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Comparing the Sexual Reproductive Success of Two Exotic Trees Invading Spanish Riparian Forests vs. a Native Reference

  • Isabel Cabra-Rivas ,

    Contributed equally to this work with: Isabel Cabra-Rivas, Pilar Castro-Díez

    isabel.cabra@uah.es

    Affiliation Departamento de Ciencias de la Vida, Unidad Docente de Ecología, Facultad de Biología, Ciencias Ambientales y Química, Universidad de Alcalá, N-II, Km 33.6, PO Box 20, Alcalá de Henares (28805), Madrid, Spain

  • Pilar Castro-Díez

    Contributed equally to this work with: Isabel Cabra-Rivas, Pilar Castro-Díez

    Affiliation Departamento de Ciencias de la Vida, Unidad Docente de Ecología, Facultad de Biología, Ciencias Ambientales y Química, Universidad de Alcalá, N-II, Km 33.6, PO Box 20, Alcalá de Henares (28805), Madrid, Spain

Comparing the Sexual Reproductive Success of Two Exotic Trees Invading Spanish Riparian Forests vs. a Native Reference

  • Isabel Cabra-Rivas, 
  • Pilar Castro-Díez
PLOS
x

Abstract

A widely accepted hypothesis in invasion ecology is that invasive species have higher survival through the early stages of establishment than do non-invasive species. In this study we explore the hypothesis that the sexual reproductive success of the invasive trees Ailanthus altissima (Mill.) Swingle and Robinia pseudoacacia L. is higher than that of the native Fraxinus angustifolia Vahl., all three species coexisting within the riparian forests of Central Spain. We compared different stages of the early life cycle, namely seed rain, seed infestation by insects, seed removal by local fauna, seed germination under optimal conditions and seedling abundance between the two invasive trees and the native, in order to assess their sexual reproductive success. The exotic species did not differ from the native reference (all three species displaying high seed rain and undergoing seed losses up to 50% due to seed removal by the local fauna). Even if the exotic R. pseudoacacia showed a high percentage of empty and insect-parasited seeds along with a low seedling emergence and the exotic A. altissima was the species with more viable seeds and of higher germinability, no differences were found regarding these variables when comparing them with the native F. angustifolia. Unsuitable conditions might have hampered either seedling emergence and survival, as seedling abundance in the field was lower than expected in all species -especially in R. pseudoacacia-. Our results rather suggest that the sexual reproductive success was not higher in the exotic trees than in the native reference, but studies focusing on long-term recruitment would help to shed light on this issue.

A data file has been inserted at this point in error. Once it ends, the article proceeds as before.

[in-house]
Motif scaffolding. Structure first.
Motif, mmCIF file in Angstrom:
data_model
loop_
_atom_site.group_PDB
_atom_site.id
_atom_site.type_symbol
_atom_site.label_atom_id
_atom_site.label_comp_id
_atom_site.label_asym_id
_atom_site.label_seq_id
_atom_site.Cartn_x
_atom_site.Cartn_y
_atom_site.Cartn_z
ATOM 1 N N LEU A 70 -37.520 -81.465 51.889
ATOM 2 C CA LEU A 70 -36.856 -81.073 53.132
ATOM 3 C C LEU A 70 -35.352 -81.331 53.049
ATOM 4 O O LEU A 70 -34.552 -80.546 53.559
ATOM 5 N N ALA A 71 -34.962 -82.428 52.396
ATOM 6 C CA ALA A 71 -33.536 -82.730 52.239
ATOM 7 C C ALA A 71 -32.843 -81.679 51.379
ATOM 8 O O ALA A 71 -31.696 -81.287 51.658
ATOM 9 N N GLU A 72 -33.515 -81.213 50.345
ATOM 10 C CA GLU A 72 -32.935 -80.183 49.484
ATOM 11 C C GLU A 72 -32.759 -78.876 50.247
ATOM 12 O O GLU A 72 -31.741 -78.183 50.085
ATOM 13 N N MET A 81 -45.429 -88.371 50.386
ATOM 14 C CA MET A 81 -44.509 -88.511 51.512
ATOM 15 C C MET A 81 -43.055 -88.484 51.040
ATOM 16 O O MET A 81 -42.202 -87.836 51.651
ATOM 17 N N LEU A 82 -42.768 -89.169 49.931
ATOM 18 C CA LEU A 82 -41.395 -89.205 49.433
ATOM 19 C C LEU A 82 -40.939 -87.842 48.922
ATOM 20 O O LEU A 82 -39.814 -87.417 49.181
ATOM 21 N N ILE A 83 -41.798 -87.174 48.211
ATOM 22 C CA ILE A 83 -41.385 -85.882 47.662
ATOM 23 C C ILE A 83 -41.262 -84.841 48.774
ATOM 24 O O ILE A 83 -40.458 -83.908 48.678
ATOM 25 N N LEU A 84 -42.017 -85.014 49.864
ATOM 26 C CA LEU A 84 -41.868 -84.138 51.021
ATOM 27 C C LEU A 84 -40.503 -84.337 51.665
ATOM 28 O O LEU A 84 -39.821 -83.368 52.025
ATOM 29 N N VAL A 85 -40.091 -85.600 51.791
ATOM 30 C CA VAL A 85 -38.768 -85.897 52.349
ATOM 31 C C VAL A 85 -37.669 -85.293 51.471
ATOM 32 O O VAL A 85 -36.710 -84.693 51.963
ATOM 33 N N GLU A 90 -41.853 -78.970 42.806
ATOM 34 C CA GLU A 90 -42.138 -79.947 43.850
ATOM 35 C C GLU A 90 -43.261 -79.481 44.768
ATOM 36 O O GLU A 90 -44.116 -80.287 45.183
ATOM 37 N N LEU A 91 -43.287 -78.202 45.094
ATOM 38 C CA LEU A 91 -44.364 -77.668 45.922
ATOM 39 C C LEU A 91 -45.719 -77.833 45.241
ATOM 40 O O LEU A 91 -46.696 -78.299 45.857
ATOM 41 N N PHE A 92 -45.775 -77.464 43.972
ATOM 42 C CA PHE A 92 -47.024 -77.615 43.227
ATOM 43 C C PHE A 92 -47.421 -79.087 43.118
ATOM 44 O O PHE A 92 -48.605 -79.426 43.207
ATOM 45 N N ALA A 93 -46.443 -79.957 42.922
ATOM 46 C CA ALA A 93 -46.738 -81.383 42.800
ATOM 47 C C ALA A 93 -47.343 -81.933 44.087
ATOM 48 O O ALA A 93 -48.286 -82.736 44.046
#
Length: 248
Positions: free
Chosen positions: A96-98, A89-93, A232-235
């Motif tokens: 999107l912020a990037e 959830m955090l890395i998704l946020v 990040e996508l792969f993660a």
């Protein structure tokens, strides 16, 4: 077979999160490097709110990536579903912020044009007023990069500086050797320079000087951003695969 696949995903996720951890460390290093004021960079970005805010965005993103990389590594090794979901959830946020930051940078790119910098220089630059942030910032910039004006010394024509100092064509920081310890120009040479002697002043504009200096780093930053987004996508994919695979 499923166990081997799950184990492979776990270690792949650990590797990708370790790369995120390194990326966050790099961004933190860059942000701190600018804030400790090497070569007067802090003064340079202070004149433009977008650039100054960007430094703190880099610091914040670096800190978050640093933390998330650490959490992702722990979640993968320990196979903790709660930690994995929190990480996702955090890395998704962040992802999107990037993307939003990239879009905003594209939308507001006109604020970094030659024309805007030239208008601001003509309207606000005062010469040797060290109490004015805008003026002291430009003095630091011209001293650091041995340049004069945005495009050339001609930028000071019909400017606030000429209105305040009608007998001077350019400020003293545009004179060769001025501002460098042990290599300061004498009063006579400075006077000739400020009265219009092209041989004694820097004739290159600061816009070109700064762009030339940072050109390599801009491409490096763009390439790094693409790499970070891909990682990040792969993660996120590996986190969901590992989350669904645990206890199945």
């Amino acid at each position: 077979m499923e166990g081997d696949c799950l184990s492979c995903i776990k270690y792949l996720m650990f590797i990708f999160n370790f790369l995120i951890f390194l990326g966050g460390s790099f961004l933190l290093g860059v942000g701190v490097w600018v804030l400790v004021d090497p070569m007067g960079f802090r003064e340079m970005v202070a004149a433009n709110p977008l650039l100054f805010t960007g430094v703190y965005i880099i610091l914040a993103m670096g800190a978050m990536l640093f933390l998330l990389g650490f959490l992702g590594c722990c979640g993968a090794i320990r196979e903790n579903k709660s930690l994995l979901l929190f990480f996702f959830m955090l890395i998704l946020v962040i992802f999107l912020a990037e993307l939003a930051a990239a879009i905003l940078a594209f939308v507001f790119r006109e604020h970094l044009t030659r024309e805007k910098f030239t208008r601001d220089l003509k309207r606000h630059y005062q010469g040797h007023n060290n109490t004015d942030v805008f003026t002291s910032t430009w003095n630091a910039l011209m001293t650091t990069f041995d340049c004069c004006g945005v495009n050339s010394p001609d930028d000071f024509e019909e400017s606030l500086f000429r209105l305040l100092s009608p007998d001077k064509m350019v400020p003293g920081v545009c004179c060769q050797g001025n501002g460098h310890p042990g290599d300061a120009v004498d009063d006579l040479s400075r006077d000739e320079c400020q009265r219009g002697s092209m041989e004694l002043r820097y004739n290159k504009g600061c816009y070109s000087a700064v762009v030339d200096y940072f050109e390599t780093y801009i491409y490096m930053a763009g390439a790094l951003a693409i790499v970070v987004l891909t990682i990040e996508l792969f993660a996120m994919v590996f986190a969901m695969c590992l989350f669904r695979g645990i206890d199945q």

Introduction

Invasions by non-native plant species are a considerable and costly threat to diversity and ecosystem functioning worldwide [1, 2]. Since Baker’s description of the successful invader [3], many authors have tried to identify traits that could make invaders more successful than native species [4, 5, 6, 7]. Many of these traits are related to a prolific and successful sexual reproduction such as reproduction at an early age, high fecundity, extended flowering period or long-distance dispersal [8, 5, 9]. Also the ability for vegetative reproduction, particularly the ability to resprout, is considered as a part of the “invader syndrome” [10, 5], as it contributes to a rapid local dominance. However, sexual reproduction provides the species with a higher potential for rapid local adaptation [11, 12], whereas vegetative reproduction may lead to the depletion of genotypic variability within clonal populations over time, making them more susceptible to diseases, pathogens, and environmental stochasticity [13]. Additionally, sexual reproduction potentially contributes to longer-distance dispersal than vegetative reproduction [14, 15]. These facts highlight the relevance of sexual reproduction for an exotic plant species to overcome several of the barriers to become a successful invader in a new area, specifically, establishment of self-sustainable healthy populations and fast spread from the original point of introduction [16, 17].

For sexual reproduction to become successful, different processes need to get linked through time: effective flower pollination, production of enough quantities of viable seeds, a fraction of which must be able to germinate, and finally, seedlings must attain a successful recruitment. Along this process, losses may occur at each step, such as production of empty seeds (i.e parthenocarpy, embryo abortion), seed predation -before or after dispersal-, germination failure, or seedling mortality (Fig 1). Indeed, it is at the early stages of the plant cycle that plants experience the highest mortality rates of any life history stage [18].

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Fig 1. Stages of the sexual reproductive cycle of a plant.